Have you listened to a recording of yourself speaking Chinese, only to find that your voice sounds unfamiliar and strange, like another person? Then you’re not alone!
If you think your voice sounds strange when you listen to a recording of it, it means that you haven’t spent enough time listening, mimicking and recording. Since I reckon that many readers answered “yes to the question if you think your voice sounds weird, I decided to write this article.
Tune in to the Hacking Chinese Podcast to listen to the related episode:
Available on Apple Podcasts, Google Podcasts, Overcast, Spotify, YouTube and many other platforms!
Listening to your own Chinese voice
Just to get it out of the way, everybody thinks their voice sounds strange when they hear a recording of it the first time. This is because the voice you normally hear in your head when you speak is not only transmitted through the air, but also directly through your skull. What you hear is a combination of these; what other people hear is just the part transmitted through the air.
The awkwardness of hearing yourself speak and sounding like someone else goes away if you listen to your own recordings a lot, though. I’ve listened through many hundreds of hours of my own voice, partly because of language practice and analysis, partly because I’ve edited more than a hundred podcast episodes and three video courses here on Hacking Chinese. Most of this is in English, but I’ve heard my fair share of myself speaking Chinese too.
Why recording yourself speaking Chinese is such a great idea
Recording yourself provides a convenient, enlightening and cheap way to improve your spoken Chinese, including pronunciation, which is hard to get at in any other way if you don’t hire a professional teacher to do it for you. Even with such feedback available, I would recommend listening to your own recordings regularly!
When you listen to your own Chinese, there can be two outcomes:
- You hear something which doesn’t sound right. If you know what’s wrong, try to fix it, but if not, dig deeper and figure out what you’re doing wrong. One of the advantages of mimicking is that you have a clear target to aim for. .
- You don’t hear any mistakes, and your Chinese sounds great. This means you need feedback on your pronunciation, because it’s highly unlikely that you have no issues; it’s just that it’s not always easy to hear them.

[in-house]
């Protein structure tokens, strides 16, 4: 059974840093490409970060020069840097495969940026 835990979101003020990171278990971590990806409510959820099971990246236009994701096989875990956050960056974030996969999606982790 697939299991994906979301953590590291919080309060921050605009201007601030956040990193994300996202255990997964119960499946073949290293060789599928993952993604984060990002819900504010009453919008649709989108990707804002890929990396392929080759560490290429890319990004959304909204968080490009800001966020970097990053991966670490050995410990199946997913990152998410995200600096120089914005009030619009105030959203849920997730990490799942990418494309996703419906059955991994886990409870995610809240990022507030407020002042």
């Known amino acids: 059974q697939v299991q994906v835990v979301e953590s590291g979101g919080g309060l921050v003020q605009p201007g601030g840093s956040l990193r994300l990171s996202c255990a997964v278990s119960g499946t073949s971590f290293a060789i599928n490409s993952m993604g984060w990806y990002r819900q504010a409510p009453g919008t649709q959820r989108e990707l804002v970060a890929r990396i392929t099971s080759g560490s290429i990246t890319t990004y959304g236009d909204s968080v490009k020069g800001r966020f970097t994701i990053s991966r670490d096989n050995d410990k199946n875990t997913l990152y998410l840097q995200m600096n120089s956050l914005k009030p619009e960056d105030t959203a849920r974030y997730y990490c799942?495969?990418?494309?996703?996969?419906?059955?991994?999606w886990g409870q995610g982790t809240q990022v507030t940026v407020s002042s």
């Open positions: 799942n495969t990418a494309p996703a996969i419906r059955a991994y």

If you need help and guidance, it’s best to ask someone trained to teach pronunciation (I include feedback as an option in my pronunciation course, for example). If you can’t find that, any native speaker will do. Just ask them to highlight what you do wrong and have them say it for you to mimic. They may or may not be able to explain the difference. They may also try, but (unwittingly) give you the wrong explanation. You can also use this smart method to get more honest feedback.
For more about getting feedback, check How to get honest feedback to boost your Chinese speaking and writing:
How to get honest feedback to boost your Chinese speaking and writing
Record a voice diary, voice messages or read aloud
You can record anything you want; it needn’t be formal in any way, and you can talk about whatever you want. Here are some examples:
- A voice diary (which needn’t be interesting, so simply talk about what you did recently)
- Voice messages on your phone to a friend or a tutor (I’ve written more about this here)
- Your own speech in class (presentations, discussions, dialogues, text reading)
- Conversations with tutors or language exchange partners (but make sure they’re okay with it)
- Your own attempt to verbalise actions you’re performing (see this post for more about this)
- A text you’re reading or have read recently (pick something you’re familiar with, as reading aloud is hard)
Recording your Chinese speaking for benchmarking purposes
Recordings of your own voice can also be useful for benchmarking purposes. If you’re a beginner, your pronunciation will improve rapidly as you ar starting from knowing nothing at all about it, but when you’ve been learning for a while and reached the intermediate plateau, it might start to feel like you’re no longer making progress.
By recording your spoken Chinese regularly, you can check if this is actually the case. Naturally, if you’ve studied for two years, spending a few hours practising might not yield noticeable results, but if you keep at it for three months, you should notice improvements. That’s slow enough that you won’t notice progress subjectively as you practise, but if you compare a recording you’ve done today with one you did three months ago, you will notice differences much more clearly.
If you’re not in the habit of recording yourself occasionally, recording something today so you can return to it three months from now to see if you’ve made progress!
It’s time to get to know your own Chinese voice
Most people won’t feel comfortable publishing recordings of the kind discussed here, but you could do so if you want to elicit feedback from people online or if you want to make it easier to share. If you publish or not isn’t the point, though, the point is that you should listen to your own recordings and let the conclusions you draw guide your learning.
So, what are you waiting for? Decide on one of the methods mentioned above and get started! It will take a while to get used to your own voice, but the mild awkwardness you will feel during the process is well worth it.
Hacking Chinese Pronunciation: Speaking with Confidence
As mentioned above, I have a video course covering everything you need to know about Mandarin pronunciation, including all the sounds and tones, as well as how to learn. To see the full curriculum and all the extra content included, please check out the course information page here: Hacking Chinese Pronunciation: Speaking with Confidence